How to Work for an IdiotThere's something to understand up front with "How to Work for an Idiot" by John Hoover. It is VERY in your face, confrontational, aggressive. It throws around the word "idiot" constantly, as if your boss was severely brain damaged and it was OK to laugh about it with your co-workers. You need to have a fairly thick skin - and be able to take everything he says with a grain of salt - to be able to get through this book.
The book does have some important messages in with its almost abusive language. Learn what sets YOU off. Something that may drive you insane might be mild and non-concerning to others. Learn your own strengths and weaknesses. If you map out your own triggers, you can be aware of when they start to get set off.
Try to be supportive, even when it's challenging - it reciprocates across the system. Often your boss - no matter how poorly performing - based his own style off of HIS boss and thinks it's normal. So learn your own sensitivities, read books on management and begin to demonstrate good techniques TO him. He may pick up on them and start to learn.
Respond quickly and enthusiastically do good things (no matter how small). On the other hand, ignore or go slowly with any inappropriate situations. Use psychology to deliberately reinforce positive behavior and steer it.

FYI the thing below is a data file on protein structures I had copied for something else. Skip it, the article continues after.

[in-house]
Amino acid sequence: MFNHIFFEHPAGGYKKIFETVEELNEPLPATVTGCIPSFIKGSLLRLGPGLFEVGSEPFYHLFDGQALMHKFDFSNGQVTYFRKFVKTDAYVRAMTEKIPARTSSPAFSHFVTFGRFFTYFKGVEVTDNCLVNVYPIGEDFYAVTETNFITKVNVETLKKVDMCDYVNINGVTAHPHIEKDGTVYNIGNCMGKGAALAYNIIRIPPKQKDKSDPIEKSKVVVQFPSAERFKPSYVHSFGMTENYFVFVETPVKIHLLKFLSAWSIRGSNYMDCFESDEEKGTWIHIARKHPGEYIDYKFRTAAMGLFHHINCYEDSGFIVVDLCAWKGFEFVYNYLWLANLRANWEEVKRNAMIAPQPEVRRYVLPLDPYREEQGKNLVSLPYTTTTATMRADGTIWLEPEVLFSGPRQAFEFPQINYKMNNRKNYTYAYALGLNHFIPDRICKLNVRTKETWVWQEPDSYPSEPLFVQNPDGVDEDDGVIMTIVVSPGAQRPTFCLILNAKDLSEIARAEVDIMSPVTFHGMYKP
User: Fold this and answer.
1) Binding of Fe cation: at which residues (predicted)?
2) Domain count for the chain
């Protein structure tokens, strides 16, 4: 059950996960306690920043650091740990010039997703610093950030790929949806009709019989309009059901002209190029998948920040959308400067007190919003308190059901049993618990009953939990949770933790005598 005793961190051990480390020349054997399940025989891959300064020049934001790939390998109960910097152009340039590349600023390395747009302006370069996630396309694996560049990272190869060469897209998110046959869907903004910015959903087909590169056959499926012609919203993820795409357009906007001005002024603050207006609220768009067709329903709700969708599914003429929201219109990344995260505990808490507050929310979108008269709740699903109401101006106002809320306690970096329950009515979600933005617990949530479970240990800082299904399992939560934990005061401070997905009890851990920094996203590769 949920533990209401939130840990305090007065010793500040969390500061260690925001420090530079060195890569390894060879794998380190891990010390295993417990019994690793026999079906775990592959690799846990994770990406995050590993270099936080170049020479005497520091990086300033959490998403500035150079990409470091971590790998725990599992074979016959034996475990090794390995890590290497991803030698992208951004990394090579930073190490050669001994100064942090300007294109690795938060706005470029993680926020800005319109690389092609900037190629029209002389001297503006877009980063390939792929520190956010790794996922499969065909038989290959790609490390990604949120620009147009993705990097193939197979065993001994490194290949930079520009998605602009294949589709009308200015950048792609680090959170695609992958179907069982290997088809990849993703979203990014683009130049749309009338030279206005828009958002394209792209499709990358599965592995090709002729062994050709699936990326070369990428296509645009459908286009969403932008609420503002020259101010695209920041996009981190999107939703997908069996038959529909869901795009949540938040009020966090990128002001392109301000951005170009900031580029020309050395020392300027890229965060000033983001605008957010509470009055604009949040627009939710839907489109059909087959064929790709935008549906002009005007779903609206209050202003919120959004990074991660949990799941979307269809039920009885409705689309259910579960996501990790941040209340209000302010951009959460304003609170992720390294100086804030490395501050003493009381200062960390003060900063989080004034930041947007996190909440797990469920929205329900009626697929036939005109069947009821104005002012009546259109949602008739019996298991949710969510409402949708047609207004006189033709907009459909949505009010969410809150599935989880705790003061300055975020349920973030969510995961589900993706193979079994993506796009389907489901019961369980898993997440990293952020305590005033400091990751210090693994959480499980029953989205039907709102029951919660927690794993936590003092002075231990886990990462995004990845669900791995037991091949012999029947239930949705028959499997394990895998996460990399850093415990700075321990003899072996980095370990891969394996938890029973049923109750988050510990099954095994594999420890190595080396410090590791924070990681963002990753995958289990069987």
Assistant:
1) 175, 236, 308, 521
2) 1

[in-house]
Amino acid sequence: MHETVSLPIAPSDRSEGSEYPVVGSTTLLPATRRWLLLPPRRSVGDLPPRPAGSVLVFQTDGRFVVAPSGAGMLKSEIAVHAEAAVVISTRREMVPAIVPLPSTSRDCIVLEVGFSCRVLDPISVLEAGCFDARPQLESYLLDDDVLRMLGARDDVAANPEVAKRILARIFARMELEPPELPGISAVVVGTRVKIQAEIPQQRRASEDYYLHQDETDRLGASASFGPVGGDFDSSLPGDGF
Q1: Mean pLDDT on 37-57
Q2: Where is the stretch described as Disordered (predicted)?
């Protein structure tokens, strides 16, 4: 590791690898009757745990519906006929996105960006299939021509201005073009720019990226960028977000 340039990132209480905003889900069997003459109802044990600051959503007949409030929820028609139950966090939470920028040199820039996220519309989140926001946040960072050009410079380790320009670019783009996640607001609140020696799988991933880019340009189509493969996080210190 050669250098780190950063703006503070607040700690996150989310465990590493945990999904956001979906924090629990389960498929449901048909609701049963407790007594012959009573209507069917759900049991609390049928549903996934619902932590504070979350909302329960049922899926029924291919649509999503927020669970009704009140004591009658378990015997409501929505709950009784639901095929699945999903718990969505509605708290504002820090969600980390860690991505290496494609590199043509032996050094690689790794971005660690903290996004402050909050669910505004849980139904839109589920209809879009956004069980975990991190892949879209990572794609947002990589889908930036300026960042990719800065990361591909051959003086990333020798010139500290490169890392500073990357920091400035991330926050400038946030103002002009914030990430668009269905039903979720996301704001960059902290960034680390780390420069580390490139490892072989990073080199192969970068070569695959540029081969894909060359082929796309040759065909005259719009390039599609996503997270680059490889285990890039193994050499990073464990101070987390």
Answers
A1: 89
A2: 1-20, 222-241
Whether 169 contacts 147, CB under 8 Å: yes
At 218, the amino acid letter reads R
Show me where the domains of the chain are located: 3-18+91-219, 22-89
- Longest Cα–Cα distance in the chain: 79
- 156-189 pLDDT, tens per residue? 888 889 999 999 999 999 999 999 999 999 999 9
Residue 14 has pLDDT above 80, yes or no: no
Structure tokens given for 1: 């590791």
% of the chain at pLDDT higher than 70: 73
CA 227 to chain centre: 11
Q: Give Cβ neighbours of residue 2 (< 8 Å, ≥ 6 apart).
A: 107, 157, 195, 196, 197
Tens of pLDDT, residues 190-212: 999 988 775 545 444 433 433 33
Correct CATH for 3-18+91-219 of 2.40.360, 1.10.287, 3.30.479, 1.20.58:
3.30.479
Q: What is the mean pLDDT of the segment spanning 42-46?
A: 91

There are lots of different boss styles to distinguish, from idiots to Gods, from Machiavellian to others. The book makes jokes about how the bosses got that way. I admit I was laughing at a few of them. Whatever your boss's style, communicate with them. Show you can be trusted. Learn to be serene with what you have. Don't obsess about being "right" - let that go, and aim for harmony. No matter what you do, no boss is going to be perfect. Accept the reality of the situation. Seek positive change, find common interests.
Try not to bash and rebel. That only makes things worse. You work for YOURSELF - for your own goals - not for his. Make sure you focus on making your own life smooth and quiet. Learn his hobbies, speak his language to communicate more clearly.
Resentment doesn't relax you or make you happy. Let it go. A great, upbeat employee can really have an incredibly powerful affect on the entire office.
So these are all REALLY important messages for any employee to absorb - no matter what type of boss you have. My concern is with the language. It's very harsh and at times abusive. If you are someone who doesn't "need" this type of language to get a message, you could easily find it offensive. But if you're a person who need it told straight to get the message, this book can be right up your alley.
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